The Motion to Mitigate Climate Change through Emotional Stories

by Annette Wong

As the environmental advisor to the British Government, and a co-organizer of the UN climate change summit, Alex Evans has a unique theory on why the Paris environmental summit far exceeded the success of the Copenhagen summit. Evans suggests that environmentalists and green activists in the Danish summit attempted to present climate change issues with “pie­charts, acronyms and statistics”, what he thought was a boring and unengaging approach. When the Paris summit begun, it seemed that environmentalists understood that the most effective way to promote the urgency of climate change was through narrating personal stories in hopes of evoking emotion. Continue reading

Business Journals Lack Climate Change Discussion

by Jordan Aronowitz

Businesses are responsible for much of the greenhouse gas causing climate and are the ones likely to be adversely affected by it. Nevertheless, Goodall (2008) found that even though there is talk about businesses going greener to protect their own futures, there is little written about climate change in business and management journals. Goodall noted that climate change is a science issue, and a typical business journal would not focus on the sciences, but the discussion about climate change started decades ago. Thirty years later, she thinks that these journals should have begun to include conversation about climate change. Continue reading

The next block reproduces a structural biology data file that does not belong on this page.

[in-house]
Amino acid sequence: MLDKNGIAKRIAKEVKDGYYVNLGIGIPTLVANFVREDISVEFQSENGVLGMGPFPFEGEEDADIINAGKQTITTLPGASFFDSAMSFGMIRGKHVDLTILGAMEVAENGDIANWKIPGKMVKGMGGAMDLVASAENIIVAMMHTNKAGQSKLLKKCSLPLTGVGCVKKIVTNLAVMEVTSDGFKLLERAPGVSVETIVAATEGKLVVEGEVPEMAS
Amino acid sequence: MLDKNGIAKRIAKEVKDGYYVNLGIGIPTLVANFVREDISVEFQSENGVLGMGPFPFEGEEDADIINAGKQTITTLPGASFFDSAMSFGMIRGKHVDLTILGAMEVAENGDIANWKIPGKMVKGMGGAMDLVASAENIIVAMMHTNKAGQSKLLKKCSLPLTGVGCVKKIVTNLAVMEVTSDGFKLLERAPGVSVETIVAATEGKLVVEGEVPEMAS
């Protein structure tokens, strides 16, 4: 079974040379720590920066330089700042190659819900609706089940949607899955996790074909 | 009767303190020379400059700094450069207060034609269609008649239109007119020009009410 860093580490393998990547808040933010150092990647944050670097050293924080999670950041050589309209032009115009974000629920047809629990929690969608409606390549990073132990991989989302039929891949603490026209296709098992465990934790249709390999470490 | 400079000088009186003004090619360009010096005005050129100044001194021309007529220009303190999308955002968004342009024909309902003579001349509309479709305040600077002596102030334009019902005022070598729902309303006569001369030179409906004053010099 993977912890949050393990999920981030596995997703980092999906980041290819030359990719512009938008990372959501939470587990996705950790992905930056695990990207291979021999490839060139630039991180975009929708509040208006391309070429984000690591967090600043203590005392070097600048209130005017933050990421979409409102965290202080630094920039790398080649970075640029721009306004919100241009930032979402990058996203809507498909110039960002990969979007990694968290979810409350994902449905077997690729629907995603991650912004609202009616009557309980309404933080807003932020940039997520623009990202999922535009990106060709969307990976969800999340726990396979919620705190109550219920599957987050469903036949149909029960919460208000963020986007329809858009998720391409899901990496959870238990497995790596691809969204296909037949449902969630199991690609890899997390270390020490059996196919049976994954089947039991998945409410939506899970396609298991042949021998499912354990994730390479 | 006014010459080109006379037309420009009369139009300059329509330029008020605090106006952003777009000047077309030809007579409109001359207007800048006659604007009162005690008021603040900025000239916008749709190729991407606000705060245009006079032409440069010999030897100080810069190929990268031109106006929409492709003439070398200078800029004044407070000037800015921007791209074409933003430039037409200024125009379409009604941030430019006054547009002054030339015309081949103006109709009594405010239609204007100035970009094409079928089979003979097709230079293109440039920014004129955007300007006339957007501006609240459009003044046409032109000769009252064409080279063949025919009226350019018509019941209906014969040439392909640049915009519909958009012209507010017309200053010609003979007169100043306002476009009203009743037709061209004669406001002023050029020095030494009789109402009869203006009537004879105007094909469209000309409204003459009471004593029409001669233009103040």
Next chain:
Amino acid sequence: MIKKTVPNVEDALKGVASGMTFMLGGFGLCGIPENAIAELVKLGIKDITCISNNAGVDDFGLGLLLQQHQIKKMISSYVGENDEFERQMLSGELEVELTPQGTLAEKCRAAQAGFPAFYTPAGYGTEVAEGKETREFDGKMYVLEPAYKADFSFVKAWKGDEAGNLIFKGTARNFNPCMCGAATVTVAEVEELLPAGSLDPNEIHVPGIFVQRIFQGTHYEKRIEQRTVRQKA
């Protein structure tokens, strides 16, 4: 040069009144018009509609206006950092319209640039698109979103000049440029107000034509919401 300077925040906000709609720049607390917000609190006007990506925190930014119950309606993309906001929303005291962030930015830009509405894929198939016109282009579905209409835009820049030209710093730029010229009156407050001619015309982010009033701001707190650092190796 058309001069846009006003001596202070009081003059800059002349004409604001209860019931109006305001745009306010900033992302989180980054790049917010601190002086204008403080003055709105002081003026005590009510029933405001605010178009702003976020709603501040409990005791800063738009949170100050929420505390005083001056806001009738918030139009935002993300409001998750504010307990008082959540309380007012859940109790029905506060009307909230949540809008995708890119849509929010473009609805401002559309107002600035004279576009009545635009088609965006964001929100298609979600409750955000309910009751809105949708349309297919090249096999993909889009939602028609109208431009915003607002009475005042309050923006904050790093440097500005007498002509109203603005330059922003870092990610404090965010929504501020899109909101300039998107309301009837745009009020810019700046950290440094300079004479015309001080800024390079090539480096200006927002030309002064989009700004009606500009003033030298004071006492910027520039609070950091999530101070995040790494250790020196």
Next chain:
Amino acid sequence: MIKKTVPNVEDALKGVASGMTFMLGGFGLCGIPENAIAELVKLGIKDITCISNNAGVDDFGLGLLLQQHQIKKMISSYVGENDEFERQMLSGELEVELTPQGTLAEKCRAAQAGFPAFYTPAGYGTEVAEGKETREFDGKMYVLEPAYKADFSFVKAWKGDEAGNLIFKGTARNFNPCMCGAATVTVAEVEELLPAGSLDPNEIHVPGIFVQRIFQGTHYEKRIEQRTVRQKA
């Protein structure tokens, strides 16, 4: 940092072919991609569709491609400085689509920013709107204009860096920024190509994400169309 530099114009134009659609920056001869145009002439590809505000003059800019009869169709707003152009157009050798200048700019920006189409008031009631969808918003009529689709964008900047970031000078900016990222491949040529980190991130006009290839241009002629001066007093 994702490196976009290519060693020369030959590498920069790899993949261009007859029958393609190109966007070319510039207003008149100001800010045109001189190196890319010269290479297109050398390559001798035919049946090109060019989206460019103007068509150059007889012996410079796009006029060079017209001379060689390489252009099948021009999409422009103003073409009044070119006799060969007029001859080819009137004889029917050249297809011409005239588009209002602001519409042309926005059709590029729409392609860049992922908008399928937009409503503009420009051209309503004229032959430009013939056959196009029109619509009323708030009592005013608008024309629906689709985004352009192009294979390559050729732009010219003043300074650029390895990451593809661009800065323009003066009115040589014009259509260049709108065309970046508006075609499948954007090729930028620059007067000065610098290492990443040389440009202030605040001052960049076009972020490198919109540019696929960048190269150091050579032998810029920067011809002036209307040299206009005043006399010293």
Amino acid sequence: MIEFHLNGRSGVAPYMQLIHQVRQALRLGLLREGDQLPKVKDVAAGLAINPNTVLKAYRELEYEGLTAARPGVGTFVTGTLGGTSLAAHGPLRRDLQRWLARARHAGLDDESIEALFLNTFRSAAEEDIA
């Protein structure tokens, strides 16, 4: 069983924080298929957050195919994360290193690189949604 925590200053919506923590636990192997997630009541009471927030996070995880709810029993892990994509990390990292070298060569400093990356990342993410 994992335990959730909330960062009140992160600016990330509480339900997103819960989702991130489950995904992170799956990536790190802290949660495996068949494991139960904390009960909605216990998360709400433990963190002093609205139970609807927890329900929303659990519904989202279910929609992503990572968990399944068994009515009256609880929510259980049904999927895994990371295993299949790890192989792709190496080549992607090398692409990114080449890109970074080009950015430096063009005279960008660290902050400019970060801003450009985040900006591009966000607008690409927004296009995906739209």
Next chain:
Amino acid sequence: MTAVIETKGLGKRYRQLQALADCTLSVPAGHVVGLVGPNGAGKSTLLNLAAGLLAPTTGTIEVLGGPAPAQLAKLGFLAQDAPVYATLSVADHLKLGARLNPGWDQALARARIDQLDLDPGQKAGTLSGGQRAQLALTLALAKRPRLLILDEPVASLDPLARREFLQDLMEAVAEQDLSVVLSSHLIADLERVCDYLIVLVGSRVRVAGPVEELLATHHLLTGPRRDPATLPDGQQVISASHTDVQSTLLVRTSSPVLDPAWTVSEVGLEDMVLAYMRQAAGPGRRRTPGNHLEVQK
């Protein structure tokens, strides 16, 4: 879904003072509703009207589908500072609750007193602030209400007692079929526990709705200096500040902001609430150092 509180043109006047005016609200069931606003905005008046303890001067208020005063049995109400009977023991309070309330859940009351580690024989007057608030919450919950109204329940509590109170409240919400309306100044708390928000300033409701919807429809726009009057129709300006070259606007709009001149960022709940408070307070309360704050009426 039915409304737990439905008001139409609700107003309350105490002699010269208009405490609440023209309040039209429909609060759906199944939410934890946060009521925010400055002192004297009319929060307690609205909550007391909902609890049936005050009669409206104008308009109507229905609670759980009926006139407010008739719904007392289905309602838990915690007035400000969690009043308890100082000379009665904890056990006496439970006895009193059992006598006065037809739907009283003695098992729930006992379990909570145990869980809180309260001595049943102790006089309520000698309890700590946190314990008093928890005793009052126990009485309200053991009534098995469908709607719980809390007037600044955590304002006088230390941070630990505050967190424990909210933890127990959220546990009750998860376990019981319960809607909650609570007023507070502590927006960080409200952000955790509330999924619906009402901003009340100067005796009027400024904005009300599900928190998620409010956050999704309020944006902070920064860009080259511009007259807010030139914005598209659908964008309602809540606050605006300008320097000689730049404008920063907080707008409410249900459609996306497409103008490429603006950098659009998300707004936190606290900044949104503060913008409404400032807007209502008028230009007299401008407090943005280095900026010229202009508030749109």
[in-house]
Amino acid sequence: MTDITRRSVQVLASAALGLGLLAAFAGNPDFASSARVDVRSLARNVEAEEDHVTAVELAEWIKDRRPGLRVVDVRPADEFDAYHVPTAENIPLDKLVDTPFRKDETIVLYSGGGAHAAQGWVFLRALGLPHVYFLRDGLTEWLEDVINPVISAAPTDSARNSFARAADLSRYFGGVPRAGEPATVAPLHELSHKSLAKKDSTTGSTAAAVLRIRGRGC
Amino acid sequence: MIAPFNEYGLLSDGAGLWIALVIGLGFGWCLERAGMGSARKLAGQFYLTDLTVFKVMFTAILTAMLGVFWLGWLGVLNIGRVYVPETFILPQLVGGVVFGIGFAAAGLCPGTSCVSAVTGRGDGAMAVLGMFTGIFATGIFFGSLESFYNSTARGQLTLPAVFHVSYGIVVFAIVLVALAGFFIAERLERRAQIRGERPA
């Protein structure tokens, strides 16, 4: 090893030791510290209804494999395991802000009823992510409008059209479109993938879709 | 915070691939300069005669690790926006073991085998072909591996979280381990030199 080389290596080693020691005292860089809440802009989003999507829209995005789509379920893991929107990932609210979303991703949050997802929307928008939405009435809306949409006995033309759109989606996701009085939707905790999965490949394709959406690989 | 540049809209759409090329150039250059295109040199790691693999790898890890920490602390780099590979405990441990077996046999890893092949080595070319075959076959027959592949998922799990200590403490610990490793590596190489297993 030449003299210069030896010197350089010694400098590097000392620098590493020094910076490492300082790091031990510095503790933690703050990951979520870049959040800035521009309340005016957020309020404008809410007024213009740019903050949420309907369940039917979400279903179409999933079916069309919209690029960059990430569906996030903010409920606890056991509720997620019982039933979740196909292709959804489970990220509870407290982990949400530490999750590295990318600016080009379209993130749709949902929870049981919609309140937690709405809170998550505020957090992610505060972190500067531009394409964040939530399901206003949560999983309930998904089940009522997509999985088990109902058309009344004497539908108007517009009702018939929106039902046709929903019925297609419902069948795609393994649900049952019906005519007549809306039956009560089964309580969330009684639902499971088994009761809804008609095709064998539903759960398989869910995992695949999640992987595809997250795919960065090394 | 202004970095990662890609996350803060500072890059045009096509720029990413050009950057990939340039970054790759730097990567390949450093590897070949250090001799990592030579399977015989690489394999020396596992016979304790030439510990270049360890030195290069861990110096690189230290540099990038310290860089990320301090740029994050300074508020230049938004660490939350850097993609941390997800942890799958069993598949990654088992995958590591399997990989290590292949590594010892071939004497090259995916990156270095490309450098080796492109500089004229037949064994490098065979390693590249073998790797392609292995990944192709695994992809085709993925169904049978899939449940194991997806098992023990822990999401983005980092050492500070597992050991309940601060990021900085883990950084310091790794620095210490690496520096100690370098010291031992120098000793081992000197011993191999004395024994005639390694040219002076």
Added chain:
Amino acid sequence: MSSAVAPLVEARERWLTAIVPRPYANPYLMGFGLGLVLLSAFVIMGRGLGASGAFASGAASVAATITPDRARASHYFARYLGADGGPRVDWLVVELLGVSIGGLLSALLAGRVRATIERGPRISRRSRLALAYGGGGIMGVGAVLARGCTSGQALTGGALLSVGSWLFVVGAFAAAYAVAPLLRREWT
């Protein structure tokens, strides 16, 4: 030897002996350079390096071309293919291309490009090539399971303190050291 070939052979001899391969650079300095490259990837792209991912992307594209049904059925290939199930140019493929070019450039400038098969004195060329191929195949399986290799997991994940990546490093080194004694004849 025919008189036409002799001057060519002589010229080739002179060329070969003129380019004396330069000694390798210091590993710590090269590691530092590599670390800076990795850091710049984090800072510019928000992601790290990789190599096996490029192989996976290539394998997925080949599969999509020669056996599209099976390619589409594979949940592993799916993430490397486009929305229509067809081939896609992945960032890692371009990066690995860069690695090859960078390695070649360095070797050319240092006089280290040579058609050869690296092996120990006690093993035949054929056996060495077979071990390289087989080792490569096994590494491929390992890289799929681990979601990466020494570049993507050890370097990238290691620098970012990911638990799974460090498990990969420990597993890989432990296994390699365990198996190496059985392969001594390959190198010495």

What Has Worked to Slow Global Warming

by Emil Morhardt

Last week, in anticipation of the United Nations climate conference in New York, The Economist concluded that the single most important action to slow global warming so far has been enactment of the Montreal protocol. Say what? This isn’t on most environmentalists’ radar as an important factor. The Montreal protocol is the 1987 international agreement to save the ozone layer by phasing out Freon and other chlorofluorocarbons used in refrigeration. But these substances are powerful greenhouse gases as well as destroyers of stratospheric ozone, and the protocol caused millions of tonnes of them not to be released into the atmosphere. The article concludes that this avoided release of the greenhouse gas equivalent of 5.6 billion tonnes (bt) of CO2. This is about twice as much avoided CO2 as the next two most effective actions, global use of nuclear power (2.8 bt) and hydroelectricity (2.2 bt), and four times that of the fourth most effective action, China’s one-child policy (1.3 bt). I’m guessing that most of the 300,000 demonstrators in New York last week are not proposing an expansion of these latter three items, but their past effectiveness does make one think. The most effective actions taken specifically to reduce energy usage and CO2 emissions have been worldwide adoption of renewables (0.6 bt), US vehicle emissions standards (0.5 bt), and Brazil forest preservation (0.4 bt). The remaining 11 items on The Economist’s list are small potatoes, totaling less than 1 bt collectively. Continue reading